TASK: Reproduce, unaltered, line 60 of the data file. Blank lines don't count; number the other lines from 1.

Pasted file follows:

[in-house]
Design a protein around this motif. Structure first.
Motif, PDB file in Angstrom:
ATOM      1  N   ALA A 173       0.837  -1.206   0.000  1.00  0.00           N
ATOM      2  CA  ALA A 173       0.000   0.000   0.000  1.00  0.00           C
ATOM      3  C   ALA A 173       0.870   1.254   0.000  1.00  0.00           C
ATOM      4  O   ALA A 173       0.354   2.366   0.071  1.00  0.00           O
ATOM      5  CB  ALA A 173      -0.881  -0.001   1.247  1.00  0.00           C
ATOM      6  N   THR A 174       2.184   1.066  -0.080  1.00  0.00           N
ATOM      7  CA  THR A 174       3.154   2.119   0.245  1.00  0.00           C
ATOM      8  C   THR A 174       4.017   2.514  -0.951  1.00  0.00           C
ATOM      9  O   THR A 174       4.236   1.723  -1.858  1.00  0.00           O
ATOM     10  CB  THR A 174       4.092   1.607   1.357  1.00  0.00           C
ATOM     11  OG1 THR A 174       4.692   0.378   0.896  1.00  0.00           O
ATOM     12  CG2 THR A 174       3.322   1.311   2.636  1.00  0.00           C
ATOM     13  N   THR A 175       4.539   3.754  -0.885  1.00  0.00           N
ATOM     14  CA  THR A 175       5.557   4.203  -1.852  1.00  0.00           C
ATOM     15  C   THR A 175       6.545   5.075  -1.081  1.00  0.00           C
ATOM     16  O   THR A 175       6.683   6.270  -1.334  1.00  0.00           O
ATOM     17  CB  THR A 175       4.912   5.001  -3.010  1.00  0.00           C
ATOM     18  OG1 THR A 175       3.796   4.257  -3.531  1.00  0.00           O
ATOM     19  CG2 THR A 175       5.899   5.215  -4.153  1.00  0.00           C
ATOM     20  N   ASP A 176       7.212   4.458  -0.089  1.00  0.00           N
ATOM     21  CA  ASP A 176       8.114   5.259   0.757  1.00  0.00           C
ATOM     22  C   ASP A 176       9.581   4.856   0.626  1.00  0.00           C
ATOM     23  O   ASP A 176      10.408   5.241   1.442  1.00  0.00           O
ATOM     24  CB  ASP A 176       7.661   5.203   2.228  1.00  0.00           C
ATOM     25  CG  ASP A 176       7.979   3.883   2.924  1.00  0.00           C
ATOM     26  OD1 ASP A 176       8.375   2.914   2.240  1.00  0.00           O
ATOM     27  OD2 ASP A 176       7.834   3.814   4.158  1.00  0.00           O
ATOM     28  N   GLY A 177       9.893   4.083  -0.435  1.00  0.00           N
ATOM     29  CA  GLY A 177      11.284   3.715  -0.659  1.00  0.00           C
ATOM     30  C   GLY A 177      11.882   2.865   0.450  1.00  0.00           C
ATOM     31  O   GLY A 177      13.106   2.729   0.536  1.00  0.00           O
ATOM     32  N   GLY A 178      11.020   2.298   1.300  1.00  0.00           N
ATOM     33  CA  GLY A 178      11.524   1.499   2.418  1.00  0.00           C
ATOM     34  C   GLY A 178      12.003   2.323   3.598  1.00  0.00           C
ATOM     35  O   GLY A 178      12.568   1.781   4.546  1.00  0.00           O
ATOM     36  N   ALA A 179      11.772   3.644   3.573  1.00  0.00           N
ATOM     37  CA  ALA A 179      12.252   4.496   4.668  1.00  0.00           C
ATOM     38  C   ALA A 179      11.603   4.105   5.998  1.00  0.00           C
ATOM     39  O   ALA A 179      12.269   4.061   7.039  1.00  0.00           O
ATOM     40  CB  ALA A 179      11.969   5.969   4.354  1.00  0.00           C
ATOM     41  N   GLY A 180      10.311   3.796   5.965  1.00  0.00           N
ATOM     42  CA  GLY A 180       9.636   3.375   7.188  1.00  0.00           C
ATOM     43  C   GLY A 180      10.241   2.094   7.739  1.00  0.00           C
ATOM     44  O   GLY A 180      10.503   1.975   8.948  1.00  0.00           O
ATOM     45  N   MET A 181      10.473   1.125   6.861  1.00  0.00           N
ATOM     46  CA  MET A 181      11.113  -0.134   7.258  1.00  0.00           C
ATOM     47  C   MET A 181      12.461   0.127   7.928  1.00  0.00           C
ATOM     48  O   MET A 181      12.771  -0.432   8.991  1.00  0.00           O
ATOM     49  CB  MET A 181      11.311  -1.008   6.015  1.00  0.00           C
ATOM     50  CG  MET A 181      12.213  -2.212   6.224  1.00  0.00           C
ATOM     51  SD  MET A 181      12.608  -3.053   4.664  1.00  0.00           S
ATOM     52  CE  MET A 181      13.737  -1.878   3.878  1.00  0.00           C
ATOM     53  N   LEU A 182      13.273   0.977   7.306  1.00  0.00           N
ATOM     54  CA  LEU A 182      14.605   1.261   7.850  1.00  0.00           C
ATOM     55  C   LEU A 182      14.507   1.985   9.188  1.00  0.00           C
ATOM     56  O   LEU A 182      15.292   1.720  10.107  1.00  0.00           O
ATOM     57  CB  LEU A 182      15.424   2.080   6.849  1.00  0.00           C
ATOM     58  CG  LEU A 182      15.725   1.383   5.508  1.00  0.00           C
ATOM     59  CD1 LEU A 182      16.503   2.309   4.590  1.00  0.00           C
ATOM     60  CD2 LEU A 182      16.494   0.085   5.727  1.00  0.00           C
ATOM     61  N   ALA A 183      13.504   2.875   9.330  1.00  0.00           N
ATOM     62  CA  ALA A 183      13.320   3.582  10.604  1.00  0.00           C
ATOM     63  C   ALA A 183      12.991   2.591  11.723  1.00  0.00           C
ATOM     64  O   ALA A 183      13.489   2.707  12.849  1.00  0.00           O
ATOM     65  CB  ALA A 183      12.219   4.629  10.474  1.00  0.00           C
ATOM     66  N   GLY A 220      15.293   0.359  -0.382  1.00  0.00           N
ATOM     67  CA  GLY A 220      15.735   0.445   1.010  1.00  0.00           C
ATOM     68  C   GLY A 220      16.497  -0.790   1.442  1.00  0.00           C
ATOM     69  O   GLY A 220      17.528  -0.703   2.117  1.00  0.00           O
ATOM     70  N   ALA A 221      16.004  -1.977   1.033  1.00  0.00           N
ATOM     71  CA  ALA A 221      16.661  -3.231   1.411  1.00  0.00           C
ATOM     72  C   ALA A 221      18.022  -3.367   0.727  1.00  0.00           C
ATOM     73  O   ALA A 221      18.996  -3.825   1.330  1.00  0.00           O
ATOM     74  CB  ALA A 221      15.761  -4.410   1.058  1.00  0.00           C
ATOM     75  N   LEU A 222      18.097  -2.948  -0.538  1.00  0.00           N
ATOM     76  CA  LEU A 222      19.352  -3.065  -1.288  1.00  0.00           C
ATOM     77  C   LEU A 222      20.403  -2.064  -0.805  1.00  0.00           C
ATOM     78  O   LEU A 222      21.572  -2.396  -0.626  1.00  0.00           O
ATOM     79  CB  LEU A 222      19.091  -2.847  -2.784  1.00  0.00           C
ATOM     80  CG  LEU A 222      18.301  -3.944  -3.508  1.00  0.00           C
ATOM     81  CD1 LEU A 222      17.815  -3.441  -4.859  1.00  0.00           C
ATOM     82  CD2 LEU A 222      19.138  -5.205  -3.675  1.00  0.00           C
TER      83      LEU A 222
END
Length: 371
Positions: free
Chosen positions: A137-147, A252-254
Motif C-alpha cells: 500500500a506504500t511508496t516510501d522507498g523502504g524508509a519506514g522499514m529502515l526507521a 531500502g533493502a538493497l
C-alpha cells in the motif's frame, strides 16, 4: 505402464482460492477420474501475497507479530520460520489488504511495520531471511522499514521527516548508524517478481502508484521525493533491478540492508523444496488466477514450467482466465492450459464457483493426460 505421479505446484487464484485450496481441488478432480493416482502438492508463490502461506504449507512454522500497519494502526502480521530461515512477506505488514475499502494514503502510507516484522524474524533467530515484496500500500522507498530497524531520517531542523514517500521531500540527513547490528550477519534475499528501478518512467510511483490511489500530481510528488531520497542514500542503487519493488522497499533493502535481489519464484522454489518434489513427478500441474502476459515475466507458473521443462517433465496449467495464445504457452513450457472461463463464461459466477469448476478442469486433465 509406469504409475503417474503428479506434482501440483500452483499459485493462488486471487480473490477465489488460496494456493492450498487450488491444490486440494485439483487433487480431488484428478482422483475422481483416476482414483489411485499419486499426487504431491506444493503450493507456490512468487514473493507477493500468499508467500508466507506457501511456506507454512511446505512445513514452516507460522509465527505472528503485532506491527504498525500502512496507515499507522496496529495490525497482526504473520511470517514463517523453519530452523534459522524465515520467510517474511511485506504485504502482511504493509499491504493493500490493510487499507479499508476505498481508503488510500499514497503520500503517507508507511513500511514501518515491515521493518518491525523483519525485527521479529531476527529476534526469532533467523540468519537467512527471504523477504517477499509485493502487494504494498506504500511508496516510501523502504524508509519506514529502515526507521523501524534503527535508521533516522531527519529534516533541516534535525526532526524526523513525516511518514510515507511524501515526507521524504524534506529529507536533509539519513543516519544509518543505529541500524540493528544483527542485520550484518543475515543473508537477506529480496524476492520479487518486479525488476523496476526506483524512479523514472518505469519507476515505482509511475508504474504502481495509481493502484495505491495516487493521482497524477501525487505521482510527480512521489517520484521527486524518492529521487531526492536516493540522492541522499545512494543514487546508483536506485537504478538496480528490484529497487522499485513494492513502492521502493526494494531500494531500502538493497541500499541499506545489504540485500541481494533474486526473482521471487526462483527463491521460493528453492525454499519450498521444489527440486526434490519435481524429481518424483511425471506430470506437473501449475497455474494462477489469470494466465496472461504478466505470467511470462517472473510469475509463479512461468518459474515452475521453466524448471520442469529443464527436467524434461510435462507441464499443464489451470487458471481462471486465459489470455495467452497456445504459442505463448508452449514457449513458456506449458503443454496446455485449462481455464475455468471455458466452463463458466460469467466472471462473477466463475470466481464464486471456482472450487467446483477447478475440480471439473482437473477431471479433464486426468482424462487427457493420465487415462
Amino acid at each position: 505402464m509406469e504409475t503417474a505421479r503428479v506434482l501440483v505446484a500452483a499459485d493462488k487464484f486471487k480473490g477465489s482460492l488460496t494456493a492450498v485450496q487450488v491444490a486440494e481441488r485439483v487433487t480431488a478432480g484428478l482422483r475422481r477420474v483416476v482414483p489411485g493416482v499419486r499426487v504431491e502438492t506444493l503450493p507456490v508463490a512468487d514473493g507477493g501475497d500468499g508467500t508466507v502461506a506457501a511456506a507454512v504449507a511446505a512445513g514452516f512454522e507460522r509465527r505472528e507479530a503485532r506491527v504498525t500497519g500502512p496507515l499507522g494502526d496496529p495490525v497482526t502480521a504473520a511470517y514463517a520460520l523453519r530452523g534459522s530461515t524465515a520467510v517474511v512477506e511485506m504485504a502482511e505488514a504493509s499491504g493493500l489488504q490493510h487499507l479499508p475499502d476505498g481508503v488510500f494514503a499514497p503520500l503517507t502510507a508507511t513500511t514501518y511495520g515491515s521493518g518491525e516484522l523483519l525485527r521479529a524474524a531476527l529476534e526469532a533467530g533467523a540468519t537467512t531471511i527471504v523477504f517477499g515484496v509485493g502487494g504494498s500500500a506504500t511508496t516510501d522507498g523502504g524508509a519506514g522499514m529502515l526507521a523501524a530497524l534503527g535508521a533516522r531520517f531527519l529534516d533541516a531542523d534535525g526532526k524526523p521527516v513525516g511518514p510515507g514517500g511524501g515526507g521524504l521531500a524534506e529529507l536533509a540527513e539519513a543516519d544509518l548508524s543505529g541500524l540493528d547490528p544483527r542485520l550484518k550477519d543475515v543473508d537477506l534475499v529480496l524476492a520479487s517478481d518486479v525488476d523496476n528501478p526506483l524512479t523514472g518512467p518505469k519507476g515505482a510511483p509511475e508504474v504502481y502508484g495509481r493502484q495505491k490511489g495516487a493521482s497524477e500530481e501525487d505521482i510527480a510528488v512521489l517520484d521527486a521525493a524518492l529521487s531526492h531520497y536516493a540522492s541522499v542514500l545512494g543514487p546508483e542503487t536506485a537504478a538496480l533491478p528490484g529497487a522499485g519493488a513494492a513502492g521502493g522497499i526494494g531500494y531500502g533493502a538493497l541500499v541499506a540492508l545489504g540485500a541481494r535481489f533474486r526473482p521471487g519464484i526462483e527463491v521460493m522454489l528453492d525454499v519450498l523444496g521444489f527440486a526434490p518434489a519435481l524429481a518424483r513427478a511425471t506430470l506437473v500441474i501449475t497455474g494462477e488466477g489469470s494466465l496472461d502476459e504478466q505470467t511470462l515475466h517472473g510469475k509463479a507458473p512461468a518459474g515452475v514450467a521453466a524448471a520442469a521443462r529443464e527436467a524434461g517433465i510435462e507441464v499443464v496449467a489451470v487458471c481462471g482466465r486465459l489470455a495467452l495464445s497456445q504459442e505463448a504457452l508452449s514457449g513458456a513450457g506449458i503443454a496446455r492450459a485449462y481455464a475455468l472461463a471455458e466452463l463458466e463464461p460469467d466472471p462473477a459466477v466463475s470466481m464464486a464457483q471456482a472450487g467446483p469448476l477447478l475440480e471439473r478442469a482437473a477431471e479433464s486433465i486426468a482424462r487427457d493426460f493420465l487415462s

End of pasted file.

ATOM     57  CB  LEU A 182      15.424   2.080   6.849  1.00  0.00           C